Conclusion: Which session memory provides more performance for online shops?
As soon as several visitors fill their shopping baskets at the same time on an online shop and sessions thus have to be saved by several visitors, it is worth using Redis. Our benchmark shows that Redis is faster in all three operations than file system-based storage (NVMe SSDs) or storage in the MySQL database. Therefore, we recommend the implementation of Redis.
Shopware stores the sessions in MySQL by default. Since this method is considerably slower than the other two session storage methods, the integration of Redis would mean an increase in performance for online shops. For Shopware, a Redis integration is therefore worthwhile in any case. However, if this is not desired, we recommend moving the sessions from the database to the file system for individual web servers in order to benefit from our fast NVMe SSDs. We will explain in detail how Redis is integrated into Shopware in the next blog post in this blog series.
Only with small Magento online shops, however, which have no or hardly any parallel access or conversion, is the integration of Redis not worthwhile. The fast NVMe SSDs, which are also part of our architecture, showed higher performance than Redis in the area of single thread sequential access times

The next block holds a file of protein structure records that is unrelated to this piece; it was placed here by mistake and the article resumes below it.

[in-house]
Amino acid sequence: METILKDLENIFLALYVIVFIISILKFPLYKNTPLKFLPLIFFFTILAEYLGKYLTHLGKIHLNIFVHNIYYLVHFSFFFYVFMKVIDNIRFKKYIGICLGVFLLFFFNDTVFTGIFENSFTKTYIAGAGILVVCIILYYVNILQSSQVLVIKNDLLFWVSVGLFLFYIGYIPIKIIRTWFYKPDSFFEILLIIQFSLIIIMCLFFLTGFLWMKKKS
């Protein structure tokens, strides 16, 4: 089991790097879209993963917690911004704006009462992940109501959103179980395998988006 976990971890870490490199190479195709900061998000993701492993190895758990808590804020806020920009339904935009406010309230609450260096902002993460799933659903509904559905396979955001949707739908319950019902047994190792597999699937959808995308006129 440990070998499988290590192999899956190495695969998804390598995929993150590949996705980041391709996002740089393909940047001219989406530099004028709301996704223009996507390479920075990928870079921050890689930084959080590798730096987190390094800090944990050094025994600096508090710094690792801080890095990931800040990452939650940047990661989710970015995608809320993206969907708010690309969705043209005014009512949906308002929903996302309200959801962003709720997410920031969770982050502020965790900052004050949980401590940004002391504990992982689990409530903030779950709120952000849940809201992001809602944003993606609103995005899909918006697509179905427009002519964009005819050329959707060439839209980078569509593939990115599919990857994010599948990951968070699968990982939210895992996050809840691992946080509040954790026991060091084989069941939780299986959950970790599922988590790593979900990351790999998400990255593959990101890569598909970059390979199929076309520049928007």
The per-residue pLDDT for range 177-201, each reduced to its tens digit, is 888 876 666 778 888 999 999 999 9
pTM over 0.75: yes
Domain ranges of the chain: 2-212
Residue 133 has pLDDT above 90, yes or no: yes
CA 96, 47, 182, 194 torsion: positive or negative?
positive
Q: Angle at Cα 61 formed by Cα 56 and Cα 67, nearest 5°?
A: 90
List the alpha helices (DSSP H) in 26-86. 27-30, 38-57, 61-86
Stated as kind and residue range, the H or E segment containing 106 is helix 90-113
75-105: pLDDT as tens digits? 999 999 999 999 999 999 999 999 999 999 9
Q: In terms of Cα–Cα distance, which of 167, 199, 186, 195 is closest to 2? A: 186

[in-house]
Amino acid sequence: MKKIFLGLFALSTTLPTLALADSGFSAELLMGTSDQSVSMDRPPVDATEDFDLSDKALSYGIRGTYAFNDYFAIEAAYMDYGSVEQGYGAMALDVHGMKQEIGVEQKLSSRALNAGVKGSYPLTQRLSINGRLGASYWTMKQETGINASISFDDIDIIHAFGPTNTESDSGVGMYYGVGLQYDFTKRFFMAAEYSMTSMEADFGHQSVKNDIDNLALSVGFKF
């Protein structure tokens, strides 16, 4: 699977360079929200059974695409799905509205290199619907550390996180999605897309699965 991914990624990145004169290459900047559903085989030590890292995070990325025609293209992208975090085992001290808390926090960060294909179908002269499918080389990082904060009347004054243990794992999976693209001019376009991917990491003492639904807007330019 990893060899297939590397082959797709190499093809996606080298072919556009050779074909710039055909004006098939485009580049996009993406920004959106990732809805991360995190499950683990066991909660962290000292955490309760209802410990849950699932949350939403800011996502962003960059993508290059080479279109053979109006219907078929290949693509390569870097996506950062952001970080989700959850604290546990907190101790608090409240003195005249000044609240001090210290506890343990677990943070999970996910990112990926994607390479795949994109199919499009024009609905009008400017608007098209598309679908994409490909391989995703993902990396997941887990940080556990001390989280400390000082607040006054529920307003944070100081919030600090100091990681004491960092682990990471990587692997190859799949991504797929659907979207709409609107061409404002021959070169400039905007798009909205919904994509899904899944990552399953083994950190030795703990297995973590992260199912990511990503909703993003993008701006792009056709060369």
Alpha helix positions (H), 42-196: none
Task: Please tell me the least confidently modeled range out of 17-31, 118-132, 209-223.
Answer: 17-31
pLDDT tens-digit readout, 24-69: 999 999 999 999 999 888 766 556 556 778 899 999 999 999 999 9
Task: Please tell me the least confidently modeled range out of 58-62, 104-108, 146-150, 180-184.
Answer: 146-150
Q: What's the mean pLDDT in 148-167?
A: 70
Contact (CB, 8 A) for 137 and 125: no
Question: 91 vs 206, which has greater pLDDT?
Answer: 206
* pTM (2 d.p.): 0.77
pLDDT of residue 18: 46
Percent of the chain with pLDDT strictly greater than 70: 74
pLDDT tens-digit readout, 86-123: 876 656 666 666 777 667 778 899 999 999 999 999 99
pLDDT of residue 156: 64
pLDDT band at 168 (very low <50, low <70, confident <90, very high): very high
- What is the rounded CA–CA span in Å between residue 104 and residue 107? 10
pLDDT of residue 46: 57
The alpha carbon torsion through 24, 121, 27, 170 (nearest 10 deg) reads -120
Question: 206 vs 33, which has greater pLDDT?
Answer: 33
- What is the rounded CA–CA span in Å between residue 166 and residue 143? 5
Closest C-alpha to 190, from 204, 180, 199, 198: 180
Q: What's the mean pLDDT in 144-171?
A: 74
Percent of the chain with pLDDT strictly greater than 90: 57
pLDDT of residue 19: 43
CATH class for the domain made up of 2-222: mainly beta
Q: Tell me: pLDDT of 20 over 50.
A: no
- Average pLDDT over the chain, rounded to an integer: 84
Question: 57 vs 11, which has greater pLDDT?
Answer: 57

|Shop system||State of delivery of the manufacturer||Our recommendation for sessions|
|Shopware - smallShop||MySQL||Redis|
|Shopware - medium to large shop||MySQL||Redis|
|Magento 1 - small Shop||File system||NVMe SSDs|
|Magento 1 - medium to large shop||File system||Redis|
|Magento 2 - small Shop||File system||NVMe SSDs|
|Magento 2 - medium to large shop||File system||Redis|
More posts in this blog series
- Redis Part 1 - Performance optimization for Shopware and Magento
- Redis Part 2 - Application Cache Benchmark: Redis, NVMe SSDs and memcached
- Redis Part 4 - How is Redis integrated into Shopware?
- Redis Part 5 - How to integrate Redis into Magento?
Last updated on 09.06.2021 | JH